The sheets and pillowcases are different on this floor. They are made of the finest cotton, very smooth, I’m told. There are two Presidential Suites, which are duplexes. In this Portuguese country, every Sofitel butler speaks English, and some are fluent in German, Japanese, Italian and Spanish.

There’s a fitness room with exercises and massage, and every room is equipped with vanity mirror, hair dryer, mini-bar, electronic safe, cable TV and data ports. The daily paper, in Portuguese or English (USA Today) is delivered daily. But instead of sitting on the balcony reading, I spent a lot of enjoyable time watching the sights on the Copacabana.

I always thought the Copacabana was an expensive nightclub in Manhattan where the biggest stars of the entertainment world performed. I didn’t know there was a Copacabana in Rio and that it was the name of a district and beach. The next beach is Ipanema, and then Leblon, named for different districts of the city.

When it comes to personal safety at the beaches, you needn’t worry. Police were visible everywhere. Tourism is such a high priority that the city makes sure its visitors are well protected. But that doesn’t mean you should be sloppy with security. You never leave your personal effects unwatched at the beach, or anywhere else. That’s just common sense.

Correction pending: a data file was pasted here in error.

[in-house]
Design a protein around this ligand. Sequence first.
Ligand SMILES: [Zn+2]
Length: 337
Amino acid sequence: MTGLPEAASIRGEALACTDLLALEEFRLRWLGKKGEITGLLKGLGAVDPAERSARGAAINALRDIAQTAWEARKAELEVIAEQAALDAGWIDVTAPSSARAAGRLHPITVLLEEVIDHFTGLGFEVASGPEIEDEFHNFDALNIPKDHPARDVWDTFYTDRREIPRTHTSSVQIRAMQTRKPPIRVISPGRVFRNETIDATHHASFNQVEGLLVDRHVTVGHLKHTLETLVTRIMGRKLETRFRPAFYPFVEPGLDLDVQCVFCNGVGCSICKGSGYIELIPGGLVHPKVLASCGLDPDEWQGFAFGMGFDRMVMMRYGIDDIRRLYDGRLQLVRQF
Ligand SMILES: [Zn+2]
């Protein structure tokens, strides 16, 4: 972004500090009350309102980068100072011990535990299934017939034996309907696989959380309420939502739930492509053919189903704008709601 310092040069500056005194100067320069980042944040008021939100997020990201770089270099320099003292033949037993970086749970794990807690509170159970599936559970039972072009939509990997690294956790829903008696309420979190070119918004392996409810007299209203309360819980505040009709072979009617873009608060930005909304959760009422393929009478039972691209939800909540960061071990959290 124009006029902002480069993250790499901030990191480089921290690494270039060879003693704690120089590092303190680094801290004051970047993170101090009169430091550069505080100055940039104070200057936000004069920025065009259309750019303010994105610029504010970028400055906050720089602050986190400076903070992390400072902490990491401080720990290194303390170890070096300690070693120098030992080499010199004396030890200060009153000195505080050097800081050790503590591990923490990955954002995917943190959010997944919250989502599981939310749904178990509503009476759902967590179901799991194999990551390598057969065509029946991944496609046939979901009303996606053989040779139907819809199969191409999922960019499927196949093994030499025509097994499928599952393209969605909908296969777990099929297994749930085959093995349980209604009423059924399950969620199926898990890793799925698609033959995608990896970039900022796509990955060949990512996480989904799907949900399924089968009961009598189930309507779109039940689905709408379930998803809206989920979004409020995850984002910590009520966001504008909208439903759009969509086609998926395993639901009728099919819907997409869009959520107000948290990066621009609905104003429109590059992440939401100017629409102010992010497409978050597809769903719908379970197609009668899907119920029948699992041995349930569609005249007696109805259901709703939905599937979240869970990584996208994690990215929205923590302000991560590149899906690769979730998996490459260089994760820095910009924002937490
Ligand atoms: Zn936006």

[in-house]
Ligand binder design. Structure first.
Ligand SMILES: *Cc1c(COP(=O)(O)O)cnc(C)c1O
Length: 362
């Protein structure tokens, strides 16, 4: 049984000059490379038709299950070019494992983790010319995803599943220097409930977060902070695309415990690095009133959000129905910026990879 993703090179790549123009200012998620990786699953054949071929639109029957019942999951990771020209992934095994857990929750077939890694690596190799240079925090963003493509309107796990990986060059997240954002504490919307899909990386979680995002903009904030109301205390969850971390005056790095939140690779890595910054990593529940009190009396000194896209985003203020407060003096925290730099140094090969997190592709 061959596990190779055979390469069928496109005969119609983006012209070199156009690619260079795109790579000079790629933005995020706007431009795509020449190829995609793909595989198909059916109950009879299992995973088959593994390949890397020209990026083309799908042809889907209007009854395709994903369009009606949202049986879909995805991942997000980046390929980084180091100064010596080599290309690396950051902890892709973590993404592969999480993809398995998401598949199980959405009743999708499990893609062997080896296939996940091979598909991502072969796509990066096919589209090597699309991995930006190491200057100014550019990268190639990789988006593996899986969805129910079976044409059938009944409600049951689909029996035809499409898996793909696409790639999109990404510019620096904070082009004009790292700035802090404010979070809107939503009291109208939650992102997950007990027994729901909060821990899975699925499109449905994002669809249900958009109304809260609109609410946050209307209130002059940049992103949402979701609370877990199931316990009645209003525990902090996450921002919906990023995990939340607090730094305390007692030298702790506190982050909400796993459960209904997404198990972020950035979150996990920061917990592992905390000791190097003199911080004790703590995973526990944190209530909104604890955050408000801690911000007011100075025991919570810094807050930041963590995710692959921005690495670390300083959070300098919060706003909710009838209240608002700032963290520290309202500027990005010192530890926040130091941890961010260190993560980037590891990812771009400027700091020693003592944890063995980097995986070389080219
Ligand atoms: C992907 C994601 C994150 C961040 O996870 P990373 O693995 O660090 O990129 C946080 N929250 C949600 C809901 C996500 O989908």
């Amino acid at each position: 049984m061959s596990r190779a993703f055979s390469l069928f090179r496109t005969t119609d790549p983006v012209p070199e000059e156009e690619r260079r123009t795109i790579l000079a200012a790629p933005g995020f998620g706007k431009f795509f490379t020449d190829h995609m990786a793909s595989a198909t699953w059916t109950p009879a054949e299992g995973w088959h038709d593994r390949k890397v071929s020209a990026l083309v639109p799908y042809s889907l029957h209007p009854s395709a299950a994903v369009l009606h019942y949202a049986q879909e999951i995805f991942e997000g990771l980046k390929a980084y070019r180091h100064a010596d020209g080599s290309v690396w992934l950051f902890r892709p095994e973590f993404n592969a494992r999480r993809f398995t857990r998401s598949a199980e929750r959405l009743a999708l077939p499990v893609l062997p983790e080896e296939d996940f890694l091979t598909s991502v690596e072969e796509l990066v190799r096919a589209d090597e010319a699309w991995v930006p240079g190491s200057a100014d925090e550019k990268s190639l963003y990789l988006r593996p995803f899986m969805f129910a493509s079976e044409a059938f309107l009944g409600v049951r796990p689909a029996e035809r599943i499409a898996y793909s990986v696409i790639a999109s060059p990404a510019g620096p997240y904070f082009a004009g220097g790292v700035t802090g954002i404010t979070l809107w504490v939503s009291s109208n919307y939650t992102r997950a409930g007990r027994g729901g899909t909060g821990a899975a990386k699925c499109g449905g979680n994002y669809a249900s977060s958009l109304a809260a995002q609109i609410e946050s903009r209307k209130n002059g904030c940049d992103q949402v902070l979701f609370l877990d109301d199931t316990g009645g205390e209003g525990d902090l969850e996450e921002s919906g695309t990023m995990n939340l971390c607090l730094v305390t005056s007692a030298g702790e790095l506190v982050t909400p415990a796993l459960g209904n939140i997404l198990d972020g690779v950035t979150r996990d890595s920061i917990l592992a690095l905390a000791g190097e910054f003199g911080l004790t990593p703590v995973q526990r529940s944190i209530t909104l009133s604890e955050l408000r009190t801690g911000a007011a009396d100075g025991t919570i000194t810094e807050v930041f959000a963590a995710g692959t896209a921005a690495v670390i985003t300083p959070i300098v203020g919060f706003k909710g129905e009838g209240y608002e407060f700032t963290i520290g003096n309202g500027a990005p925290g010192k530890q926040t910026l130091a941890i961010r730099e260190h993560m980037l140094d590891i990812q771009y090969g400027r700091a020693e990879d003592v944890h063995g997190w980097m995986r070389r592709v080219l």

At dawn I stepped out on the sundeck and gazed with amazement at the gorgeous scene below. It was Sunday, when auto traffic is banned from Avenue Atlantica, which skirts the beach. People were strolling in the street, sitting under umbrellas on the sand, and flowing with the waves on surfboards.

Every night, the middle pedestrian strip of the avenue is taken over by outdoor merchants hawking all kinds of trinkets, souvenirs and T-shirts. Life here can keep you going all night.

NEXT: Culture can be fun in Rio.


By Sally Ogle Davis

 have never been a fan of cruising. A vacation where the most active thing you do in a week is maneuver your way around the frozen swans at the midnight buffet is not my cup of tea.

And don't you positively loathe the lemming-like exodus from the ship in port, flocking into pre-ordained, allegedly duty free stores to buy junk you wouldn't even consider looking at home?